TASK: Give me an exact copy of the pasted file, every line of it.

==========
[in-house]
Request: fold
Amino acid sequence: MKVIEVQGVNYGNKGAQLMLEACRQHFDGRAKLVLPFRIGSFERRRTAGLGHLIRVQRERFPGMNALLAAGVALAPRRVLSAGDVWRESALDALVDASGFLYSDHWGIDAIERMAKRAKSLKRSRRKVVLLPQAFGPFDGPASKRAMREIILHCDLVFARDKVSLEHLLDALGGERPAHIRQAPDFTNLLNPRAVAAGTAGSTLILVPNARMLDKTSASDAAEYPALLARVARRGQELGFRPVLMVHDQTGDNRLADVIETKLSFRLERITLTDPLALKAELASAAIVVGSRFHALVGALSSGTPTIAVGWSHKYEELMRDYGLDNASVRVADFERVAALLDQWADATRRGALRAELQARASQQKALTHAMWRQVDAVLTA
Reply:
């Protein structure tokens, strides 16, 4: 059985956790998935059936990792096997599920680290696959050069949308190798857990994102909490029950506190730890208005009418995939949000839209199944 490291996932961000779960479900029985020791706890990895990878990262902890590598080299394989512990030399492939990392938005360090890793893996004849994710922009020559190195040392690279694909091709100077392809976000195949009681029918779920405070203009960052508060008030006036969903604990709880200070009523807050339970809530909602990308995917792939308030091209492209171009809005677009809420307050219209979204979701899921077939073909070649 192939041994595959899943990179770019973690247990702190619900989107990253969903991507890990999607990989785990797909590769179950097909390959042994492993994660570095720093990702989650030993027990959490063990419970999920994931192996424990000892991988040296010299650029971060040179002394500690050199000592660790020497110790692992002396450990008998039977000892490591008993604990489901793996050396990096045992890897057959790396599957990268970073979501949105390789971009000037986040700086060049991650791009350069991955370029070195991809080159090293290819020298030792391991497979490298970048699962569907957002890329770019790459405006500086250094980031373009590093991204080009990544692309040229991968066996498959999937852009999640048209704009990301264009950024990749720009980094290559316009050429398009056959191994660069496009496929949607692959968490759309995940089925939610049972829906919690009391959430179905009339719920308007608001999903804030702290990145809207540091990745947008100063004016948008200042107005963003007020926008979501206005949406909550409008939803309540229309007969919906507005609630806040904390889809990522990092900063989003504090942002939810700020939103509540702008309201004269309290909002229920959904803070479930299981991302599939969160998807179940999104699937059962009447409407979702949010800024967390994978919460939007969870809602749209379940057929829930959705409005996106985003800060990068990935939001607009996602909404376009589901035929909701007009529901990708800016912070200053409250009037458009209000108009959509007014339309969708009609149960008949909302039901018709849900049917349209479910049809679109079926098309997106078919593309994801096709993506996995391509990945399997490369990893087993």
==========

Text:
[in-house]
Request: fold
Amino acid sequence: MKVIEVQGVNYGNKGAQLMLEACRQHFDGRAKLVLPFRIGSFERRRTAGLGHLIRVQRERFPGMNALLAAGVALAPRRVLSAGDVWRESALDALVDASGFLYSDHWGIDAIERMAKRAKSLKRSRRKVVLLPQAFGPFDGPASKRAMREIILHCDLVFARDKVSLEHLLDALGGERPAHIRQAPDFTNLLNPRAVAAGTAGSTLILVPNARMLDKTSASDAAEYPALLARVARRGQELGFRPVLMVHDQTGDNRLADVIETKLSFRLERITLTDPLALKAELASAAIVVGSRFHALVGALSSGTPTIAVGWSHKYEELMRDYGLDNASVRVADFERVAALLDQWADATRRGALRAELQARASQQKALTHAMWRQVDAVLTA
Reply:
């Protein structure tokens, strides 16, 4: 059985956790998935059936990792096997599920680290696959050069949308190798857990994102909490029950506190730890208005009418995939949000839209199944 490291996932961000779960479900029985020791706890990895990878990262902890590598080299394989512990030399492939990392938005360090890793893996004849994710922009020559190195040392690279694909091709100077392809976000195949009681029918779920405070203009960052508060008030006036969903604990709880200070009523807050339970809530909602990308995917792939308030091209492209171009809005677009809420307050219209979204979701899921077939073909070649 192939041994595959899943990179770019973690247990702190619900989107990253969903991507890990999607990989785990797909590769179950097909390959042994492993994660570095720093990702989650030993027990959490063990419970999920994931192996424990000892991988040296010299650029971060040179002394500690050199000592660790020497110790692992002396450990008998039977000892490591008993604990489901793996050396990096045992890897057959790396599957990268970073979501949105390789971009000037986040700086060049991650791009350069991955370029070195991809080159090293290819020298030792391991497979490298970048699962569907957002890329770019790459405006500086250094980031373009590093991204080009990544692309040229991968066996498959999937852009999640048209704009990301264009950024990749720009980094290559316009050429398009056959191994660069496009496929949607692959968490759309995940089925939610049972829906919690009391959430179905009339719920308007608001999903804030702290990145809207540091990745947008100063004016948008200042107005963003007020926008979501206005949406909550409008939803309540229309007969919906507005609630806040904390889809990522990092900063989003504090942002939810700020939103509540702008309201004269309290909002229920959904803070479930299981991302599939969160998807179940999104699937059962009447409407979702949010800024967390994978919460939007969870809602749209379940057929829930959705409005996106985003800060990068990935939001607009996602909404376009589901035929909701007009529901990708800016912070200053409250009037458009209000108009959509007014339309969708009609149960008949909302039901018709849900049917349209479910049809679109079926098309997106078919593309994801096709993506996995391509990945399997490369990893087993």